The loss snapped the 76ers’ 17-game winning streak, the second-longest single-season streak in franchise history.
By Al Thompson
The Miami Heat were able to hold off a furious rally by the 76ers late in the fourth quarter and come away with a 113–103 win over Philadelphia, evening their Eastern Conference best-of-seven series at one game apiece. Game 3 takes place in Miami on Thursday.
The Heat took a 16-point lead with 11:04 left in the fourth quarter on a cutting dunk by forward James Johnson.
But the Sixers, led by guard Ben Simmons and forwards Ersan Ilyasova and Dario Saric, went on a 16–2 run to pull within two points at 98–96 on an Ilyasova putback with 4:29 left that had all 20,753 fans on their feet and in a frenzy at the Wells Fargo Center hoping their team would pull out a win.
Heat head coach Erik Spoelstra made sure that didn’t happen. He put veteran guard Dwyane Wade back in the game and the future Hall of Famer made an immediate impact.
The Sixers rebounded the ball on the ensuing Heat possession but Wade anticipated a pass to Saric, stole the ball and passed it to center Kelly Olynyk, who gave it back to Wade for a running dunk with 4:03 left.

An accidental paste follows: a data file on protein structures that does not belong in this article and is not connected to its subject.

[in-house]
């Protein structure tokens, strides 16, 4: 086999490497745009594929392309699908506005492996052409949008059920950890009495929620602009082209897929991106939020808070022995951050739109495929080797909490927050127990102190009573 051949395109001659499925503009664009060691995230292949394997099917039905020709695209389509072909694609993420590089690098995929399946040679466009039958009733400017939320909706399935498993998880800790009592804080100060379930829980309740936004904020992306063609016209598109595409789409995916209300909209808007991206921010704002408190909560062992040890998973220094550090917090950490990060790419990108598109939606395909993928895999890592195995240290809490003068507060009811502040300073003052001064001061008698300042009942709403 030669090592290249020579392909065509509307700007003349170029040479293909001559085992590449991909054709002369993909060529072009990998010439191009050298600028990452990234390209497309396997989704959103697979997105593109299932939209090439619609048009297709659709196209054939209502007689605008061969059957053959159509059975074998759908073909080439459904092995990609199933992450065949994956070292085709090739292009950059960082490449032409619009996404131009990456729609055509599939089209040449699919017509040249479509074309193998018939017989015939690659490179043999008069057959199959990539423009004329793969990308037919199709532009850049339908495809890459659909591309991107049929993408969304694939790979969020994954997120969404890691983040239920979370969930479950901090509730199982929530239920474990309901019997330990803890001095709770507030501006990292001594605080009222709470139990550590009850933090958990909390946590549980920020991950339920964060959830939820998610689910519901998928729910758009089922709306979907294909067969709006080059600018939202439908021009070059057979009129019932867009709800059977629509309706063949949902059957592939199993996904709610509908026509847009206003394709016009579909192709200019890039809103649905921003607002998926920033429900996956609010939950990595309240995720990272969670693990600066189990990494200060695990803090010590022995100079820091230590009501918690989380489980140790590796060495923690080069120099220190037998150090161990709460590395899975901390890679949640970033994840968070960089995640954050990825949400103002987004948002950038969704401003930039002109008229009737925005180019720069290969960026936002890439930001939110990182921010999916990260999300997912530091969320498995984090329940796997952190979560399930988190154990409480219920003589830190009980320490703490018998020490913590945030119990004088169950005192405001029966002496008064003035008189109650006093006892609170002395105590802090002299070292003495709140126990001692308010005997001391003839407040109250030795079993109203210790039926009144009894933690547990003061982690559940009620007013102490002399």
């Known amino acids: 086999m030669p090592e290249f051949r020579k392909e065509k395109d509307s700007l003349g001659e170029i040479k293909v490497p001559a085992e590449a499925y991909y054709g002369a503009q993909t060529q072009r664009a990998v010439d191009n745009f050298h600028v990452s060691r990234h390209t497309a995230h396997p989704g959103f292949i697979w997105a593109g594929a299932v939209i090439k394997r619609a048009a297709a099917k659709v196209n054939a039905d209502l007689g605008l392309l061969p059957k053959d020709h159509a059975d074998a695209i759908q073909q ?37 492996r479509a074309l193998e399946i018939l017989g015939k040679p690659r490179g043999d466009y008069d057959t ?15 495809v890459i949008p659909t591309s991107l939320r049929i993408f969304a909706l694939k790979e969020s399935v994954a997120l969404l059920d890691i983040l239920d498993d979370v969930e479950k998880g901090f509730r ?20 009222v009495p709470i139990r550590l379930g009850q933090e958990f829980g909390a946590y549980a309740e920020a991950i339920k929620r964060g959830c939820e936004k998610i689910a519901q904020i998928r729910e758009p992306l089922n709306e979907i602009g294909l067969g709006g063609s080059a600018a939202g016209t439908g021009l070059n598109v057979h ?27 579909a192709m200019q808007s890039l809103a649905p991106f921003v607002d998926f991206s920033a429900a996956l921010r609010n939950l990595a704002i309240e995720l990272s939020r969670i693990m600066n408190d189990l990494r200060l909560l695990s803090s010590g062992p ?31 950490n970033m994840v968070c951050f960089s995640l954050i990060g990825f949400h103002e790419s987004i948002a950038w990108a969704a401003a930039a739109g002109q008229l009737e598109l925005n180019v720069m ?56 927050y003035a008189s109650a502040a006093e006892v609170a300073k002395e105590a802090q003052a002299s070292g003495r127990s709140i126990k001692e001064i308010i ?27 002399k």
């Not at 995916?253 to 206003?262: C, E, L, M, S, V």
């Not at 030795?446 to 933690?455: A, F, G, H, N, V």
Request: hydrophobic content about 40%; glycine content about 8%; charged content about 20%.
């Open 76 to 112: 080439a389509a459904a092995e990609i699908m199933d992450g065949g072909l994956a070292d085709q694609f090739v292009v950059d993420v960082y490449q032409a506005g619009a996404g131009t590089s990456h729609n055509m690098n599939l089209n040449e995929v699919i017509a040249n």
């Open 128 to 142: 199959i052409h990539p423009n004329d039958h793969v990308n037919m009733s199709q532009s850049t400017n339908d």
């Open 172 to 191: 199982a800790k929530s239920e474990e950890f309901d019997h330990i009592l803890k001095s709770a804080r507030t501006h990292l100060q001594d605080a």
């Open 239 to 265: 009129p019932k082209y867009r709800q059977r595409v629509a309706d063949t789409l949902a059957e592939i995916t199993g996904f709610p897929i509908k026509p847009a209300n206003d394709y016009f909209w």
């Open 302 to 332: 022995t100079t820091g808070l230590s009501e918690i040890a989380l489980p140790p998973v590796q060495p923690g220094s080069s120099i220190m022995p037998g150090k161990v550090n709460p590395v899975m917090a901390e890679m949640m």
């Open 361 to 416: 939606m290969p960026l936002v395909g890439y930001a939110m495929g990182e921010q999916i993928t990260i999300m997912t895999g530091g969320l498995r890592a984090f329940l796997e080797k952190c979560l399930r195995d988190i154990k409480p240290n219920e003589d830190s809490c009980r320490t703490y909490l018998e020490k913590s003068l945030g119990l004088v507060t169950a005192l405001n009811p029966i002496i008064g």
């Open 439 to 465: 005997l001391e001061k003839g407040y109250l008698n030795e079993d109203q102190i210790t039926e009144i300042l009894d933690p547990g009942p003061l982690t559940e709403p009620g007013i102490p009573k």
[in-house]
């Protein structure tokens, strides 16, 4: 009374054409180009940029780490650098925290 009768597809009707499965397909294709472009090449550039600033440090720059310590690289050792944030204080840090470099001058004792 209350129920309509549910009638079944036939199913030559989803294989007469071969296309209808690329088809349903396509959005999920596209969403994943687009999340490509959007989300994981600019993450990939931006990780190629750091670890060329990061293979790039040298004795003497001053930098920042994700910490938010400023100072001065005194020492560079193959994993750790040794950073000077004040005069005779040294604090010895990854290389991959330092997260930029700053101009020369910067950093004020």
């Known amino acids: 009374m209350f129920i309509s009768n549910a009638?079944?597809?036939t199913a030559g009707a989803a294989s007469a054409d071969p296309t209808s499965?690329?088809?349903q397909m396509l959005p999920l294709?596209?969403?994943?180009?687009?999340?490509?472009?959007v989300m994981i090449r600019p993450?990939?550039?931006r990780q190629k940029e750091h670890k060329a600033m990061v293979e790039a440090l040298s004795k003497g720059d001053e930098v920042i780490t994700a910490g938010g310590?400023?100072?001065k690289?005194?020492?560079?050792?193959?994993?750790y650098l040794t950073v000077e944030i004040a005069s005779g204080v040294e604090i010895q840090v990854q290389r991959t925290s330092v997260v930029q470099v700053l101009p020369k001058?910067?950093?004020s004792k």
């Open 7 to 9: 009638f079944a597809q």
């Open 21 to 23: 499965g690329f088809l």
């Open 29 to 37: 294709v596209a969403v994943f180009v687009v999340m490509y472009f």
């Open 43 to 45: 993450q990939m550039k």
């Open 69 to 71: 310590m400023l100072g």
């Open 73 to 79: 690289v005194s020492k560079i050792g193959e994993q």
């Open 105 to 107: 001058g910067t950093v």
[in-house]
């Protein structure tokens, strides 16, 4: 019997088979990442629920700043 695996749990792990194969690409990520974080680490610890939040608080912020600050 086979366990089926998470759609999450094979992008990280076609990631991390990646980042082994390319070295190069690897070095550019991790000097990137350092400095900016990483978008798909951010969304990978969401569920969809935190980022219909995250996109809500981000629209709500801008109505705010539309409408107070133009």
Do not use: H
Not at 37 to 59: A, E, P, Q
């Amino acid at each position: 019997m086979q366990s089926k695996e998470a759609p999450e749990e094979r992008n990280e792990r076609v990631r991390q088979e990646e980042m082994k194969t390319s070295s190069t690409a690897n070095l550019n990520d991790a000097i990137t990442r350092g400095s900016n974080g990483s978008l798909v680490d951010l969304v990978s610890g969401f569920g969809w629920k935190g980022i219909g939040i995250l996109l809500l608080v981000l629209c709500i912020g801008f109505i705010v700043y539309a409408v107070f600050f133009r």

The Sixers never recovered.
“The reason I was brought here was for a game like this,” said Wade, who returned to the Heat when the Cleveland Cavaliers traded him to Miami on Feb. 8. “When they cut it to two, to come back in the game and settle everything down. I’m glad I was able to do that.”
Wade, who has come off the bench since his return, said he saw the Sixers use the same passing lane earlier in the game.
“I watched that play go down earlier in the game when I was on the bench and when I was in the game,” Wade said. “I told myself if they do that play later, I’m going to steal it.”
Wade scored a game-high 28 points and pulled down seven rebounds in 26 minutes.
The loss snapped the 76ers’ 17-game winning streak, dating to March 13. It was the second-longest single-season streak in franchise history.